In the midst of the ongoing debate over student-athlete compensation and the expansion of Name, Image, and Likeness rights, a Professor at Georgia Tech, and former college athlete himself, Baratunde Cola, has proposed a unique idea: have student-athletes create nonprofit organizations to receive endorsement money, have those athletes pay themselves a portion of the incoming revenue, and use the remaining funds for charity or to enhance their educations. Alex Blutman, JSEL’s Managing Editor for Online Content, caught up with Brian Price, Director of Harvard’s Transactional Law Clinics and faculty advisor for the Harvard Law Entrepreneurship Project, to discuss this latest proposal.
Q: Professor Price, thank you for lending your insights to this issue and joining me for a conversation today. At first blush, this seems like an interesting idea. How feasible do you think this is?
BP: First, let me say that I applaud creative thinking and new ideas for tackling long-standing issues. And Professor Cola’s idea falls into that category. However, as with any new approach to solving an entrenched problem, the biggest hurdle to overcome is in the details.
What kind of technical or legal hurdles might student-athletes encounter in attempting to organize their own nonprofits?
To attain federal tax exempt approval as a 501(c)(3) organization, the organization must meet the federal tax guidelines of being operated and organized for one of the approved enumerated purposes outlined in the statute. There’s also the distinction between being a public charity or a private foundation. The reporting requirements of the latter are more onerous, and are tied to how many sources of financial support the organization has. The fewer sources there are of overall financial support indicates to the IRS that the organization is more vulnerable to abuse by its funders and those in control.
Professor Cola proposes that athletes could keep a portion of the revenue received by their nonprofits, say 10-20%, and could use the rest on charities or to expand their own educational opportunities through the purchase of materials (e.g., a laptop) or by funding an educational trip or unpaid internship. Are there rules in place addressing how nonprofits can pay their directors/officers?
Whatever the organization pays its personnel, particularly those in positions of leadership, must be reasonable in light of the organization’s revenue, and in line with what comparable organizations pay their personnel. To determine that a certain percentage of an organization’s revenue will go toward a specific person’s compensation suggests something akin to earmarking in advance a portion of the organization’s revenue to that person. This is generally frowned upon as running counter to the IRS’ prohibition against private inurement; an organization cannot simply determine to pay a share of its profits to an individual as if it, for example, were paying a commission or profits on earnings. Along these same lines, an organization cannot be created simply to benefit a single individual’s educational or extracurricular pursuits.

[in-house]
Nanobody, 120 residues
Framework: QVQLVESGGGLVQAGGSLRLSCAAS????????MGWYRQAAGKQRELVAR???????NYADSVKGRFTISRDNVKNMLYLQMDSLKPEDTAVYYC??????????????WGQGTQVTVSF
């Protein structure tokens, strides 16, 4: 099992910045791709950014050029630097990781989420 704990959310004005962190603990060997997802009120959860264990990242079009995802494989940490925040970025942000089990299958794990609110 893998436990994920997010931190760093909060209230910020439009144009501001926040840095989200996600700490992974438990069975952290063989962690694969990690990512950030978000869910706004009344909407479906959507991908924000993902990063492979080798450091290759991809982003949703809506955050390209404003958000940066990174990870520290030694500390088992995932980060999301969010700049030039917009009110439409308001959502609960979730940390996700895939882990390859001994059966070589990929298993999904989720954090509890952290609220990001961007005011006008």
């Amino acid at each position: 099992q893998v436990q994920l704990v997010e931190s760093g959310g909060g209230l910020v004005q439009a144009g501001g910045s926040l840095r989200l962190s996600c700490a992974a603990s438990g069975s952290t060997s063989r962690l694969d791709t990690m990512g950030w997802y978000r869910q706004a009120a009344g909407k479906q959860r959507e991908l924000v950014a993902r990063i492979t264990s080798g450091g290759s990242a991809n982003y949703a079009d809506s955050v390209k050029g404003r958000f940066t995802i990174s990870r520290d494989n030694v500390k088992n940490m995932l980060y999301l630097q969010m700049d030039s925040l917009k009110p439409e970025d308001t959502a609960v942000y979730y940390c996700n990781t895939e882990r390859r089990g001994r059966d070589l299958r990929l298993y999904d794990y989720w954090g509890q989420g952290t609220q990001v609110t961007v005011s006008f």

The proposal suggests that once an athlete’s college career is over, he or she can continue the nonprofit or dissolve it and take the remaining funds with no limitations (after taxes). What kinds of regulations are in place for the dissolution of nonprofits that might make this difficult?
When a tax-exempt organization is dissolved, the remaining assets do not convert into private property. They must be donated to another tax-exempt organization organized for similar tax-exempt purposes.
Professor Cola suggests the nonprofit structure would prevent the problem of “boosters.” He argues that since the salary that athletes could pay themselves out of the nonprofit would only be a portion of the income received, a booster would have to pay many multiples on a base amount in order to put money in the athlete’s pockets. Do you think this would prevent boosters from influencing athletes or conducting some sort of “pay for play” scheme?
I don’t personally know any boosters, and all I know about the subject is what I’ve read or heard in the media. But logic tells me that if someone wants to get money into another person’s hands with a certain goal in mind they will do so according to their preferred means.
What do you think of the criticism that this is just another way to put limits on college athletes’ ability to profit from their status, platform, talent, and work?
While I don’t agree with the non-profit idea as articulated, I don’t think it’s fair to suggest that the motive in suggesting the non-profit route is simply another way to put limits on athletes’ ability to earn income. The issue of compensation is a broader issue. As I understand it, efforts are underway to figure out how best to achieve the goal of fairly compensating athletes. Undoubtedly, changing an entire way of doing something that’s never been done before is a massive and complicated undertaking. It will take creativity to construct rules and a process that is both balanced and effective.